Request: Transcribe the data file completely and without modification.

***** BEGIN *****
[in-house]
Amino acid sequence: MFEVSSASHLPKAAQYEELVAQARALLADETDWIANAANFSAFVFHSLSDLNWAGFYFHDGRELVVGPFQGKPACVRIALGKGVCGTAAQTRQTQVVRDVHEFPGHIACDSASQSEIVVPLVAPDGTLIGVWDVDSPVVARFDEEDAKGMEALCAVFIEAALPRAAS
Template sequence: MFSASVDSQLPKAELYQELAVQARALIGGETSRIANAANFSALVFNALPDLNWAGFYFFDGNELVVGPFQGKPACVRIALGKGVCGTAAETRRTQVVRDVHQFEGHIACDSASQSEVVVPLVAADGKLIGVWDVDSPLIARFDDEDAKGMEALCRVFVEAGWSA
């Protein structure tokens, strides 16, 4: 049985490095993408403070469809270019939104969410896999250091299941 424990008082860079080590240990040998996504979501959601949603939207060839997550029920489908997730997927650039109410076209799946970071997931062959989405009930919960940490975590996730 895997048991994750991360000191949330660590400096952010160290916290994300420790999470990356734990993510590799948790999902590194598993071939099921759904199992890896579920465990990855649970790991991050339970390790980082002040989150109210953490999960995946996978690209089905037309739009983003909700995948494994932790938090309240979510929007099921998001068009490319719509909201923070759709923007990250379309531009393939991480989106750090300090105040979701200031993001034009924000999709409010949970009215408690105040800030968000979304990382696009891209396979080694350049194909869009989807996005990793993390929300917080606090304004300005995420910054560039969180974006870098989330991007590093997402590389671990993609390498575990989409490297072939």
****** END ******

[in-house]
Amino acid sequence: MFEVSSASHLPKAAQYEELVAQARALLADETDWIANAANFSAFVFHSLSDLNWAGFYFHDGRELVVGPFQGKPACVRIALGKGVCGTAAQTRQTQVVRDVHEFPGHIACDSASQSEIVVPLVAPDGTLIGVWDVDSPVVARFDEEDAKGMEALCAVFIEAALPRAAS
Template sequence: MFSASVDSQLPKAELYQELAVQARALIGGETSRIANAANFSALVFNALPDLNWAGFYFFDGNELVVGPFQGKPACVRIALGKGVCGTAAETRRTQVVRDVHQFEGHIACDSASQSEVVVPLVAADGKLIGVWDVDSPLIARFDDEDAKGMEALCRVFVEAGWSA
């Protein structure tokens, strides 16, 4: 049985490095993408403070469809270019939104969410896999250091299941 424990008082860079080590240990040998996504979501959601949603939207060839997550029920489908997730997927650039109410076209799946970071997931062959989405009930919960940490975590996730 895997048991994750991360000191949330660590400096952010160290916290994300420790999470990356734990993510590799948790999902590194598993071939099921759904199992890896579920465990990855649970790991991050339970390790980082002040989150109210953490999960995946996978690209089905037309739009983003909700995948494994932790938090309240979510929007099921998001068009490319719509909201923070759709923007990250379309531009393939991480989106750090300090105040979701200031993001034009924000999709409010949970009215408690105040800030968000979304990382696009891209396979080694350049194909869009989807996005990793993390929300917080606090304004300005995420910054560039969180974006870098989330991007590093997402590389671990993609390498575990989409490297072939």